Tembo the Badass Elephant
- Street Date:
- July 21st, 2015
- Reviewed by:
- Levi van Tine
- Review Date:1
- July 20th, 2015
- Game Release Year:
- Xbox One
- Game Freak
Digital Xbox One version reviewed.
Game Freak, the masterminds behind the wildly successful 'Pokémon' franchise, occasionally work on other games. Their latest is 'Tembo the Badass Elephant', a platformer published by Sega for PC, Xbox One, and PS4.
The Game Itself: Our Reviewer's Take
'Tembo' is a 2D sidescrolling platformer with a lot of energy and speed, not unlike the old 'Sonic the Hedgehog' games. The titular elephant is an accomplished soldier who has been summoned from his idyllic jungle island to combat PHANTOM, a mean military company that has started to take over Shell City. Tembo must dispose of the bad guys, save civilians, and of course pick up peanuts along the way.
In effect, Tembo is an action badass, but also a cartoonish elephant. Thus, a game name is born.
Tembo can use a few different attacks, like dashing, spraying water from his trunk, and the ubiquitous ground pound. Scattered liberally throughout each level are springs, cannons, and treads that greatly increase Tembo’s speed and jump height, often propelling him for huge distances and destroying much of the environment in the process. When not dashing, Tembo is quite slow and boring, which encouraged me to rocket through each level as fast as possible, collectibles be damned.
The enemies come in many forms, from lazy, stationary infantry to big tanks and mech walkers. Most of their projectiles are relatively slow and their attack routines can be quickly memorized, so they don’t slow down the action too much. In some levels, especially the later ones, many of the platforming elements take on a kind of puzzle quality. Some are bombs, or floating fiery skulls, or spikes, or some other dangerous feature that I had to navigate with precision, instead of by just smashing through it like I did with everything else. These segments aren’t bad, but not nearly as fun as the reckless smashing.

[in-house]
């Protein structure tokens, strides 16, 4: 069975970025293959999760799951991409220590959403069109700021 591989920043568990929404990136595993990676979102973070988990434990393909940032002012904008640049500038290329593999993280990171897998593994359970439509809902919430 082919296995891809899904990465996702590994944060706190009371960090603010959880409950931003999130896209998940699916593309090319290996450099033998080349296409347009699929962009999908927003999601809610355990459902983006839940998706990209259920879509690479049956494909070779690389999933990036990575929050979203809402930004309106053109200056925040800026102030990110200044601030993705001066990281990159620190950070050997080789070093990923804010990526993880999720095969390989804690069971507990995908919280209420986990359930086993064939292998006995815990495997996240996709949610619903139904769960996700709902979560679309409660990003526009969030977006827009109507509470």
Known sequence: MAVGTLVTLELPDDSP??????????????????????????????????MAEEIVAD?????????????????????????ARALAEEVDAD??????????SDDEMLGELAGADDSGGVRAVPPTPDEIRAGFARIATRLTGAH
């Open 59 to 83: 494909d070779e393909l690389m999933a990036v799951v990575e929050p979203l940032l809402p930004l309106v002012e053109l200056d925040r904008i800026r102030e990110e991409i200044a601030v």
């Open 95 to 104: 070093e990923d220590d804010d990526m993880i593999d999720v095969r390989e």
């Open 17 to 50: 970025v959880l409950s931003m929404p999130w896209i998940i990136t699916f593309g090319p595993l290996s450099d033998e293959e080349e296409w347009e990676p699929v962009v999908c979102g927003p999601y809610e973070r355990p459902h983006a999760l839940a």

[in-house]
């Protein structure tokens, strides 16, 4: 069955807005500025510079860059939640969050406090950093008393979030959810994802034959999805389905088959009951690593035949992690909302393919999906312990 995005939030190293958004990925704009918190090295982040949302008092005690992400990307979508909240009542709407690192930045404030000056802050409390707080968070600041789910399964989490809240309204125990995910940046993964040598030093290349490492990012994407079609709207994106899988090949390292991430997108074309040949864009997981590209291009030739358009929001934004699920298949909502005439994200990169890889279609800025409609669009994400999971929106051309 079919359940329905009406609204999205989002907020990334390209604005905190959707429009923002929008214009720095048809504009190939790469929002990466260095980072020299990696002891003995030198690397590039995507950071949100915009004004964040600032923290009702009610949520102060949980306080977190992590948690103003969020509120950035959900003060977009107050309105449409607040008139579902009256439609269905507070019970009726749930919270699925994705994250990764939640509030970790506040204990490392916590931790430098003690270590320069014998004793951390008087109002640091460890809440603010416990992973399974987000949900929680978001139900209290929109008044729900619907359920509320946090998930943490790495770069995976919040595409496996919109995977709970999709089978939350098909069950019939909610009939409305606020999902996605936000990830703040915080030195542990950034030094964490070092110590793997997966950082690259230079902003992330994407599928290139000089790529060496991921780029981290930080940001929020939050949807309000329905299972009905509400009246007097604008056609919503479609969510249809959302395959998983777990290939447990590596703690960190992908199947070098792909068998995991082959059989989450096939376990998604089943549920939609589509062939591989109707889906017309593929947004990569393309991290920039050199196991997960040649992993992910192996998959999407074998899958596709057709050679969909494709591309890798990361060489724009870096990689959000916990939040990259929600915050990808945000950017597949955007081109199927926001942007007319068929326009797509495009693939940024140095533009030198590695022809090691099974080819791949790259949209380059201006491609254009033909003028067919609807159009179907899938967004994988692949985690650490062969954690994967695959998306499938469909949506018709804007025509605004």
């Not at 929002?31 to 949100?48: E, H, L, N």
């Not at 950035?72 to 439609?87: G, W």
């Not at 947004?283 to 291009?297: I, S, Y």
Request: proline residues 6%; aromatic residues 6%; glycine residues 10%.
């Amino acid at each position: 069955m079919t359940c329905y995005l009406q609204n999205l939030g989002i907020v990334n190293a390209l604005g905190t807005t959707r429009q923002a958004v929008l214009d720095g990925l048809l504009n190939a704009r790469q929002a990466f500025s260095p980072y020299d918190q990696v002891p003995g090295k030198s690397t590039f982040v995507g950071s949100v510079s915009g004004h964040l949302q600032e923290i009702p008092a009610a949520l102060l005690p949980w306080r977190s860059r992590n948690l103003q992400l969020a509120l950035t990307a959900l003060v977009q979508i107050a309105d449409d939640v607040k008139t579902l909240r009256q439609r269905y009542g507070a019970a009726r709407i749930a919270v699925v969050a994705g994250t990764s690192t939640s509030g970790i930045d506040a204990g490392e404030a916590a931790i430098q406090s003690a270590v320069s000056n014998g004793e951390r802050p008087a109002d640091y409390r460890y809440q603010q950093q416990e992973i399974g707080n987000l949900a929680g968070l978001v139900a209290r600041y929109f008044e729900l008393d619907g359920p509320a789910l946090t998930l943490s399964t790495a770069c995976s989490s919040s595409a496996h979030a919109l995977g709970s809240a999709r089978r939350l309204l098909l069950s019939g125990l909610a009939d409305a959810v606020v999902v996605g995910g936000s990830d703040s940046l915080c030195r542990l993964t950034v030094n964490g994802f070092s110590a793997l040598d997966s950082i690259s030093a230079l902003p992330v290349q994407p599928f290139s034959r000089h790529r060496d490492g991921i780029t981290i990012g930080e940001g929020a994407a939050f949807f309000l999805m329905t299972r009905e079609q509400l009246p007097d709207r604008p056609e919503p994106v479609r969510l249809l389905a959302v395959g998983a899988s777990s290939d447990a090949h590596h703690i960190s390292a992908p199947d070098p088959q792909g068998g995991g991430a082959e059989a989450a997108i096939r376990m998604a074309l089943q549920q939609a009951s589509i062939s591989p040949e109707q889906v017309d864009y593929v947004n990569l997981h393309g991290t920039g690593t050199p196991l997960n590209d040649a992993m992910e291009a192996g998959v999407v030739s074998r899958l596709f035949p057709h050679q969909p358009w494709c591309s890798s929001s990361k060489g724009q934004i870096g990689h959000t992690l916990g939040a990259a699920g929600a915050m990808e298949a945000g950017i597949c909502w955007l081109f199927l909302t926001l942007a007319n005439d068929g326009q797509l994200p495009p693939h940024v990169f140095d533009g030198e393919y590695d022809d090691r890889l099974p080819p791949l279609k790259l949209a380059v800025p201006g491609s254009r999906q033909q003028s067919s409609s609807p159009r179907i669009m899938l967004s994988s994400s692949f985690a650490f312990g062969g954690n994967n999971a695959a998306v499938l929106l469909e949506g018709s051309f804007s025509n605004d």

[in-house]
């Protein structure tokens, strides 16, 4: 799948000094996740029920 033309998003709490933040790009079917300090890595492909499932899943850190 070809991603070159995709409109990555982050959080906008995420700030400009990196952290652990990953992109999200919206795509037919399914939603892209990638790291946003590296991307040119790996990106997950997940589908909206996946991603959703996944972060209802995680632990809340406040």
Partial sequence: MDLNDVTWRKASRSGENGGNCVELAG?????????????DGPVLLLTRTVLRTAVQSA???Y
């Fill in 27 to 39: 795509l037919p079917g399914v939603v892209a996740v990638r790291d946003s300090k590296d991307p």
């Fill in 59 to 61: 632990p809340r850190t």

In every level there are forked paths that cannot be renegotiated, so if I chose the wrong one and continued the critical path, I was forced to abandon whatever peanuts or civilians were down the other path. Fortunately, the levels aren’t particularly long, clocking in at around 10-15 minutes, so replays aren’t too irritating. Tembo controls very well, with precise controls both on land and in the air, which is very nice when trying to nail big jumps or land in between enemies without taking damage.
For a platformer, 'Tembo' has a relatively heavy death penalty. Dying, either from being hit too many times or instantly when falling into lava/bottomless pits, results in a checkpoint restart and the loss of a peanut butter jar. Jars are collected by accumulating 300 peanuts, of which there are many in each level. Still, some of the checkpoints are spread rather far apart, and if I died before I reached the first checkpoint, I was forced to consume a jar just to restart the level, which seems like punishment for punishment’s sake. Thankfully, the difficulty stays at a manageable level throughout the game, and there are only 18 levels anyways (a few of which consist solely of shorter boss fights).
The Video: Sizing Up the Picture
'Tembo' is very cartoonish, with lots of bright colors and stylized, comic book-style text exclamations whenever the pachyderm moves or kills something. The sharp edges almost give the game a hand-drawn look. Environments are nice, especially in the foreground, although the backgrounds can get fuzzy in some levels. The engine has a hard time keeping up with Tembo’s fast movement sometimes, especially when jumping after a long dash or killing an enemy.
The Audio: Rating the Sound
The collectibles are civilians, which are easily tracked during each level and not terribly difficult to find. They don’t offer any gameplay bonuses; they’re only good for exploration and achievements. The other collectible is defeated enemies, of which a certain amount must be gathered to unlock the boss for each of the three stages. The game is just about the right length for its genre, at around 8-10 hours.
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